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Bestseller bias

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One novel to change our nation. Such is the prized label of this year’s Canada Reads winner, designated the novel that speaks most to what Canadians care about.

Now in its 13th year, this competition pits book against book, with each novel endorsed by a prominent Canadian celebrity. During the four-day debate in the first week of March, a novel is eliminated from contention each day by a vote until only one is left standing.

In line with this year’s theme, the competition calls for not just great stories, but ones that tackle prominent social issues facing Canadians. And, as such, this year’s debate teeters uncomfortably between casual discussion about literary merit and panellists merely fighting for the primacy of their cause.

What cause is most important to Canadians? Is it the racism highlighted in Esi Edugyan’s Half-Blood Blues, issues of gender identity tackled in Kathleen Winter’s Annabel, the immigrant integration of Rawi Hage’s Cockroach, the environmental destruction showcased in Margaret Atwood’s The Year of the Flood, or the long-standing effects of colonization at play in Joseph Boyden’s The Orenda?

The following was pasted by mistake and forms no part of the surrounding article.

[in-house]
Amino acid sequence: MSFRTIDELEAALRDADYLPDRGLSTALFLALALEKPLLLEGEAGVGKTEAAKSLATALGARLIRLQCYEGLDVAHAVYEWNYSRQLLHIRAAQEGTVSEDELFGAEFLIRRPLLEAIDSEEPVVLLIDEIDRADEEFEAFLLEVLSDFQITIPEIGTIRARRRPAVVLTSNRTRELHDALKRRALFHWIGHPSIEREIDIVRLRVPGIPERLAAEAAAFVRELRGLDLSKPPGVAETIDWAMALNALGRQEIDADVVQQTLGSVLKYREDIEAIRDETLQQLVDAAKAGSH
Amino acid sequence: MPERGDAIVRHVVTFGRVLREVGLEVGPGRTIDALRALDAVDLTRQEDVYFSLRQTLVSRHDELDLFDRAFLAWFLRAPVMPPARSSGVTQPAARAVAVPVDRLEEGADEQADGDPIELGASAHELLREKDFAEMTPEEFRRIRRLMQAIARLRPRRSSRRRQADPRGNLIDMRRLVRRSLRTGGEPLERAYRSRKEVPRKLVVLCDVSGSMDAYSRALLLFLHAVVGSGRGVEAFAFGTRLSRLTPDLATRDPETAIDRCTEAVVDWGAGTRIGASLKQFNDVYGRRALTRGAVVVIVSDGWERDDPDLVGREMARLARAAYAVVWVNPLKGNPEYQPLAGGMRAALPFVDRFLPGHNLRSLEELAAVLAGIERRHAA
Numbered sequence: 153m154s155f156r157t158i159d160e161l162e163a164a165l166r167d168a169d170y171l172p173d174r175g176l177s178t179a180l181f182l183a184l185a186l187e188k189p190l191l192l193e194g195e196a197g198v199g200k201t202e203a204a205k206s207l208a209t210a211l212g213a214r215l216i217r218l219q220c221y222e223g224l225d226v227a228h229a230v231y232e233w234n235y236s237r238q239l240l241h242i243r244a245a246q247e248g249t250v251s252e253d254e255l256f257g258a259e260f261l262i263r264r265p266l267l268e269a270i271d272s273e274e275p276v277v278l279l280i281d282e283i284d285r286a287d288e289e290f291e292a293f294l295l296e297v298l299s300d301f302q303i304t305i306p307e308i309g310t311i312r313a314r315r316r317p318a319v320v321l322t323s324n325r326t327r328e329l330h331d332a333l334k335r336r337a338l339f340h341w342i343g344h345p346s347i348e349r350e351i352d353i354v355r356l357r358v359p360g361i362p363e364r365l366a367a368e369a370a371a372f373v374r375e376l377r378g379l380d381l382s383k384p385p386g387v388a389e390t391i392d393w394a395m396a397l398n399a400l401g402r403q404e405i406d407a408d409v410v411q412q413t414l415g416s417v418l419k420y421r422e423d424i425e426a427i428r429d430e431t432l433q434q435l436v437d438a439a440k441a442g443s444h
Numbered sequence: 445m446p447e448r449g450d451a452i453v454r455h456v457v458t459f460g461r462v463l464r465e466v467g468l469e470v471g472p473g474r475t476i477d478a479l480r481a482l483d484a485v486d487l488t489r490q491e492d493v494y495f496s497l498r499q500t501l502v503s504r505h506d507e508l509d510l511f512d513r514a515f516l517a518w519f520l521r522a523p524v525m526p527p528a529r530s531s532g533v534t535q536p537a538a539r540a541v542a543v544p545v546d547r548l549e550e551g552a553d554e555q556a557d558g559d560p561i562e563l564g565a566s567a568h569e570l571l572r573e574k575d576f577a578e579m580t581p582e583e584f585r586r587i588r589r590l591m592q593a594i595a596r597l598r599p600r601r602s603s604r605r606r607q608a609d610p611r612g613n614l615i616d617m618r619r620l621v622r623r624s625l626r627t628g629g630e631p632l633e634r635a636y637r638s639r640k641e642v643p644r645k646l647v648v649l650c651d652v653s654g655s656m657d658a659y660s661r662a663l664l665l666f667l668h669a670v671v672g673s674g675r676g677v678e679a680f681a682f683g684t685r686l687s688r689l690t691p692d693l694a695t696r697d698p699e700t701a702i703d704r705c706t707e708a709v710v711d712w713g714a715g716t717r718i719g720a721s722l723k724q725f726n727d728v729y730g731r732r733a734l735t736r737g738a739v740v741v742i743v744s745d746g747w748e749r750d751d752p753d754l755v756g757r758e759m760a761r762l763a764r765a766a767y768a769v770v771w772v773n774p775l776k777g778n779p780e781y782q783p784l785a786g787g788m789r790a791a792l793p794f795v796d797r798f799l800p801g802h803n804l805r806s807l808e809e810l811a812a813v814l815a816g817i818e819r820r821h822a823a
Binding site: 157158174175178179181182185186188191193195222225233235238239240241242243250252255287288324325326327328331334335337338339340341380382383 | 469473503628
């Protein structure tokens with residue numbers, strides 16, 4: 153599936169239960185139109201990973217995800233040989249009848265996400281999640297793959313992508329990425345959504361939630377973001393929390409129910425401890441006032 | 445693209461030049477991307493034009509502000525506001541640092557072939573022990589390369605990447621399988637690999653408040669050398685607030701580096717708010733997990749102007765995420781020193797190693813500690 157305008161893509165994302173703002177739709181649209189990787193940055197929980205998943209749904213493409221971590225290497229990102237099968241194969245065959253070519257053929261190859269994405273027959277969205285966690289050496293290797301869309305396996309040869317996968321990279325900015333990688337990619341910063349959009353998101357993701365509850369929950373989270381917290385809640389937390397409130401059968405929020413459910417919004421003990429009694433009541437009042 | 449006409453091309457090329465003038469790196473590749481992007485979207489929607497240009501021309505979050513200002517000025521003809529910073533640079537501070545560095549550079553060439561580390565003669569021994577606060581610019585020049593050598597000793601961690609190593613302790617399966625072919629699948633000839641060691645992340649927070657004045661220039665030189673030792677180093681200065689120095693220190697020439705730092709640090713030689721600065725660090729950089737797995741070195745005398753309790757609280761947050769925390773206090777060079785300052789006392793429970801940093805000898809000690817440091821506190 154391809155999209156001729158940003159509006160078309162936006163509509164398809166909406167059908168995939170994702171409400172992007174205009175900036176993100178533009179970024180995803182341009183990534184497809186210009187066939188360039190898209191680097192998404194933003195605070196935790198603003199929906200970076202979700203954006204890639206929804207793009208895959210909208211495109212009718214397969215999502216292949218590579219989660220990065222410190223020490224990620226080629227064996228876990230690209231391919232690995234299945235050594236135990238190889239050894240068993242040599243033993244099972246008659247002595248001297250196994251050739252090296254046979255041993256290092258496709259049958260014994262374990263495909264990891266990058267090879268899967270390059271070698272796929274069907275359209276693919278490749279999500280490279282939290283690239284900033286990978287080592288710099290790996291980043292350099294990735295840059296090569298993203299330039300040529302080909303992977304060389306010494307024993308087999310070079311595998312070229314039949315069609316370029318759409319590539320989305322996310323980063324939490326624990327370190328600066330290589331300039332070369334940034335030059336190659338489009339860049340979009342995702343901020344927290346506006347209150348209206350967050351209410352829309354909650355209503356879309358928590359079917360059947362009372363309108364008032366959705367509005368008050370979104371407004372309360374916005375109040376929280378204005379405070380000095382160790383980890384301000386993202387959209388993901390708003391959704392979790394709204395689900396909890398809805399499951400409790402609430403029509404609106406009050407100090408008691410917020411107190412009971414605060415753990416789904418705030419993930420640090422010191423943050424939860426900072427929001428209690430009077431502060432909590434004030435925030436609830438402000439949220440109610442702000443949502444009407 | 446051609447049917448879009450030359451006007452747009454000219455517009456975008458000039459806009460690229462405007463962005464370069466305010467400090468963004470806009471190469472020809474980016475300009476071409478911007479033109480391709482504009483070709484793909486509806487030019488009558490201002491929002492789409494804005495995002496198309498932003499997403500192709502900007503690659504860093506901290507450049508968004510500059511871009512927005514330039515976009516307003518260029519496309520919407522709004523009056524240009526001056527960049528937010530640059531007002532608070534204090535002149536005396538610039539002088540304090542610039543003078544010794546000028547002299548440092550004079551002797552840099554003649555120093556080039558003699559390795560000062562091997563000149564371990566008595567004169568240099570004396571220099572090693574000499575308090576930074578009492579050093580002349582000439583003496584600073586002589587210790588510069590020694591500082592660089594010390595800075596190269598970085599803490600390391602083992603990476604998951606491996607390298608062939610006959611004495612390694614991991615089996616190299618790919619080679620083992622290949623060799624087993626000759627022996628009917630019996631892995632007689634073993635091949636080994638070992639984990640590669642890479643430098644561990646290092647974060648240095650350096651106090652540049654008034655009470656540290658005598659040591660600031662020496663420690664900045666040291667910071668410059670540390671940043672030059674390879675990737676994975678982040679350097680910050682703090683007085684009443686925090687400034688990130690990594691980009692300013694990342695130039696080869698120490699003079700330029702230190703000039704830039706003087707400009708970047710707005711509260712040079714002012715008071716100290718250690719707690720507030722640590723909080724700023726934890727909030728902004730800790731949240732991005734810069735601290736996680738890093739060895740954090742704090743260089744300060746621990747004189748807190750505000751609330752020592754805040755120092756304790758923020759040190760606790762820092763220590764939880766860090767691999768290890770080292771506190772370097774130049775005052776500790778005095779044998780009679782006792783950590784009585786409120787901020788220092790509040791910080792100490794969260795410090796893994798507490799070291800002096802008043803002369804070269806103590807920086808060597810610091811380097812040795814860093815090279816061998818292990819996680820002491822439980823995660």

I’d hazard to say that the answer isn’t so clear, yet when host Jian Ghomeshi proclaims “we’re looking for the one novel that could change Canada,” it’s strange to see each novel—as well as the social issues within—quickly debated and voted off Survivor-style within an hour, leaving a single golden winner.

Previous iterations of the competition have faced similar criticisms around the reality-show format that seems to only allow superficial discussion, strategic voting and the occasional personal attack. 2012’s competition saw a panellist deem author Carmen Aguirre “a bloody terrorist” for writing a memoir of her young revolutionary days in Pinochet-era Chile.

Perhaps the competition’s rapid-fire format is simply too short and combative to prevent novels, novelists and themes from being quickly and crudely reduced to simplistic ideas, augmented by the absence of said authors and the rare presence of any professional writer.

Add germane societal issues to the mix and suddenly even those are at odds with one another.

Quite simply, Canada Reads has always been an exercise in marketing; another bid to position one novel at the top. Make no mistake, the competition’s fame certainly leads to more sales for all novels in play, but, as Ghomeshi repeats, “one of these books will be a bestseller.” For that one winner, which will undoubtedly get shiny standalone displays in big-box bookstore locations nationwide, the message will be clear: “Here, Canada. This is what you should be talking about.”

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